This weekend, Minneapolis will get to show off it’s new, energy efficient stadium on a national stage, when the Philadelphia Eagles take on the New England Patriots for Super Bowl LII.
U.S. Bank Stadium has a few green building checkpoints, including a state of the art roof is 60% Ethylene Tetrafluoroethyl (ETFE), a lightweight, clear, plastic-like material that reduced the need for structural steel. The sloped design enables snow to fall off the roof into a snow gutter, and it allows natural sunlight into the structure, giving it a natural, outdoorsy feel. But it’s not just for aesthetics. The material allows for solar thermal heating that redistributes the warm air in the winter and pumps cold air in the summer for maximum energy savings.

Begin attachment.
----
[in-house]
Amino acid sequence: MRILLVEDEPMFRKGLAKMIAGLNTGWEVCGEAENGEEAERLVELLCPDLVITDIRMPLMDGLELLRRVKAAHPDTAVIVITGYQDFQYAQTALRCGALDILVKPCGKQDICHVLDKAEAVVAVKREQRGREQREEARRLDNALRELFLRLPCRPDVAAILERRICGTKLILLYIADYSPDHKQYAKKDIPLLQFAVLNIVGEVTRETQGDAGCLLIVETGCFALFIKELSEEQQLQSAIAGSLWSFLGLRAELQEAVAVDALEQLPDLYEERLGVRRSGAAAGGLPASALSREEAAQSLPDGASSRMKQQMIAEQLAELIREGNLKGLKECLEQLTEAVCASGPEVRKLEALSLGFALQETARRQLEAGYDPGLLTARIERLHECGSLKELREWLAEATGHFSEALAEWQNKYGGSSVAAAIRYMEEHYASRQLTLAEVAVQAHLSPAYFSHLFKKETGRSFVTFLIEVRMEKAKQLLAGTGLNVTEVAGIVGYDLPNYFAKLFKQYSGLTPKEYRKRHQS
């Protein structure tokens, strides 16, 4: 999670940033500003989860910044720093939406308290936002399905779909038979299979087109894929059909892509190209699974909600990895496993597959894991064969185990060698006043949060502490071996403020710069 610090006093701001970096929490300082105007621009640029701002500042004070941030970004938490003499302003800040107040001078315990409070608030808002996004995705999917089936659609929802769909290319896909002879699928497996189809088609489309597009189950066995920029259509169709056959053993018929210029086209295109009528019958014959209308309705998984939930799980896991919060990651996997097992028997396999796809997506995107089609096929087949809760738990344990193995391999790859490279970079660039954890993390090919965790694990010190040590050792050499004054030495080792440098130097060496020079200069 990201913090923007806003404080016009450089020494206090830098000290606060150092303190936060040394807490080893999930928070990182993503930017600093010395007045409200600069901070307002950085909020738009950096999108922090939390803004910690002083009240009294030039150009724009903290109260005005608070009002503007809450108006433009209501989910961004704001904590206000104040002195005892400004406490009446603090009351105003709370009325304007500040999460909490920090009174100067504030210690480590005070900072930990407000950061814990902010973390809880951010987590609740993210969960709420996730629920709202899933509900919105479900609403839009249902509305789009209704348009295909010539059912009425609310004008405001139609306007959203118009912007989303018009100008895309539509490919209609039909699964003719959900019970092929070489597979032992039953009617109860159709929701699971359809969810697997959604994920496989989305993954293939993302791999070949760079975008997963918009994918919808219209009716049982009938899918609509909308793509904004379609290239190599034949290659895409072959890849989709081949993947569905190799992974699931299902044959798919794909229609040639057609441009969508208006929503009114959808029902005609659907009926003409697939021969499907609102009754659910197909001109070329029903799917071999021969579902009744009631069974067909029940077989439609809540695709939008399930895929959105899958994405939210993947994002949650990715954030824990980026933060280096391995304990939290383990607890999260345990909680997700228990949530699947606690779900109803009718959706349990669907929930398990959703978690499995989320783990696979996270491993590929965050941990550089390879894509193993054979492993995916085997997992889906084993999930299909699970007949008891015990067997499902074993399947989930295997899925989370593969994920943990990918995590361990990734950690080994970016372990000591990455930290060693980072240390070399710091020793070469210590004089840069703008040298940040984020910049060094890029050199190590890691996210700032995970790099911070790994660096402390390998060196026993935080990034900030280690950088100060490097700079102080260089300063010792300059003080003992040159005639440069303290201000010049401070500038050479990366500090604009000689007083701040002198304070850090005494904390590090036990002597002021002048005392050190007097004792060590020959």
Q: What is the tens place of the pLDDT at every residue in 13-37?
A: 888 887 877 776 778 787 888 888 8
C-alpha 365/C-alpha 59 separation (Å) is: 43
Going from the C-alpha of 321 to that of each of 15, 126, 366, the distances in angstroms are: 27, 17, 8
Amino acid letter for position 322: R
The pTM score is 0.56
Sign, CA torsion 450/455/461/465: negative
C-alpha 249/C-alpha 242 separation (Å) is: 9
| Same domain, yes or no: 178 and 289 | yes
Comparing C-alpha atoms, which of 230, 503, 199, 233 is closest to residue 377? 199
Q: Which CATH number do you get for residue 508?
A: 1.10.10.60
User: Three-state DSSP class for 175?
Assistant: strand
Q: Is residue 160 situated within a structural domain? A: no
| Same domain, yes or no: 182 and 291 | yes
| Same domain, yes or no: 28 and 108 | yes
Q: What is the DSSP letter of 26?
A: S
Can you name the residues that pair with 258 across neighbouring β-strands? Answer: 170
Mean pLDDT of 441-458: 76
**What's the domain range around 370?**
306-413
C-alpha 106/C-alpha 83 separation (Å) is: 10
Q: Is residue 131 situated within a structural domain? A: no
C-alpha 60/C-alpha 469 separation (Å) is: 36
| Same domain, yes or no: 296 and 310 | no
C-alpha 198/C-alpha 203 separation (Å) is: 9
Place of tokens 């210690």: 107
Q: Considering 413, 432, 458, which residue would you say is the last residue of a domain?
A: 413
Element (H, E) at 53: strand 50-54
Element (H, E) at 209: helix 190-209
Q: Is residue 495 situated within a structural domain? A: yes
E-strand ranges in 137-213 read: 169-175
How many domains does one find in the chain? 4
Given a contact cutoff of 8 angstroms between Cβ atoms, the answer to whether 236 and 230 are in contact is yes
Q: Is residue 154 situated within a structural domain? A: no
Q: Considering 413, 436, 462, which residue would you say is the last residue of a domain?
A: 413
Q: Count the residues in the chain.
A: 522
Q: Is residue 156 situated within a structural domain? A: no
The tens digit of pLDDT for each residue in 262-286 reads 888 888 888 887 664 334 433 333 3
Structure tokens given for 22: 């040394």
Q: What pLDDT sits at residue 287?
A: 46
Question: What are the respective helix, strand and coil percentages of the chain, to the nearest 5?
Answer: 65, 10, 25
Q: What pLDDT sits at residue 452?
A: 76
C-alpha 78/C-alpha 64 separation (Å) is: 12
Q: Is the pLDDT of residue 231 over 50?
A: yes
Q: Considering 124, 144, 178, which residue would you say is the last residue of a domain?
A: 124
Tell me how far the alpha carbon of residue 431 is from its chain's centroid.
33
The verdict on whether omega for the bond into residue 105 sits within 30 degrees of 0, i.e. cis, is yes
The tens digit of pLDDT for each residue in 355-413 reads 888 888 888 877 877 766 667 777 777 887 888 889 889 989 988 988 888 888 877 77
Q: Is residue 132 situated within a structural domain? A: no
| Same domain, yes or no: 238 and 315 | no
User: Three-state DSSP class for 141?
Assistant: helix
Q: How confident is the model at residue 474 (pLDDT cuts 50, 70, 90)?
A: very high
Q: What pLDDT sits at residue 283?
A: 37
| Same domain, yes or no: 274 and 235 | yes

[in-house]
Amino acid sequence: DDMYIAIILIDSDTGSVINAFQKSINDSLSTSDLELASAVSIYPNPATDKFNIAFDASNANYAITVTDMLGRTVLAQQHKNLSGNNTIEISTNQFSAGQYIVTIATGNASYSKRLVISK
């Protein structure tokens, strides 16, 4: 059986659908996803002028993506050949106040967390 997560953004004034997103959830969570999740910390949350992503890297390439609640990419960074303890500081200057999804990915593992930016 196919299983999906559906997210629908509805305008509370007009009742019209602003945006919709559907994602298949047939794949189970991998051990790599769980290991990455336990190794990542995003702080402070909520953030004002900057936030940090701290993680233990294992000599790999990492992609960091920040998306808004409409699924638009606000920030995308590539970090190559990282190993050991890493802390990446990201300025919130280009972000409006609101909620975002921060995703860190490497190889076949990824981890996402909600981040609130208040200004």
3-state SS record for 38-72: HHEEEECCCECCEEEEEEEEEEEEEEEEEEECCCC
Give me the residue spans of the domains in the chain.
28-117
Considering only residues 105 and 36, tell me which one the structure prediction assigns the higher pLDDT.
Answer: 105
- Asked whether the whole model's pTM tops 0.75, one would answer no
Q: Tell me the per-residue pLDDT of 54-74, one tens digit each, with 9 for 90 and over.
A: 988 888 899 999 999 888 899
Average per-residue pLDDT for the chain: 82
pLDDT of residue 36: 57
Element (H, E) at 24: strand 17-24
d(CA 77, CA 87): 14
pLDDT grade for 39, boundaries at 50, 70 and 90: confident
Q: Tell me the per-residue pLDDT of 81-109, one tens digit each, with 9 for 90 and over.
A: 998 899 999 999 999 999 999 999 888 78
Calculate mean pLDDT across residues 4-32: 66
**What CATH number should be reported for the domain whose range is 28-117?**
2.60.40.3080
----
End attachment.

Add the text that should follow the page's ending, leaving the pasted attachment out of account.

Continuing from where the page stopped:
Texas-based John Hutchings, HKS’s sports principal-in-charge of U.S. Bank Stadium, says that the form of the building with its distinctive and asymmetrical, high-pitched roof is a direct response to the harsh climate of the Twin Cities.[1]
But the building doesn’t just rely on the roof for energy savings, it has a water efficient irrigation system that reduces outside landscaping irrigation and the low-flow technology for plumbing saves the stadium about 5.67 million gallons of water per year.
This energy efficiency is one of the reasons that U.S. Bank Stadium is one of 88 structures in the U.S. that meet the LEED’s Gold standards for energy efficient buildings.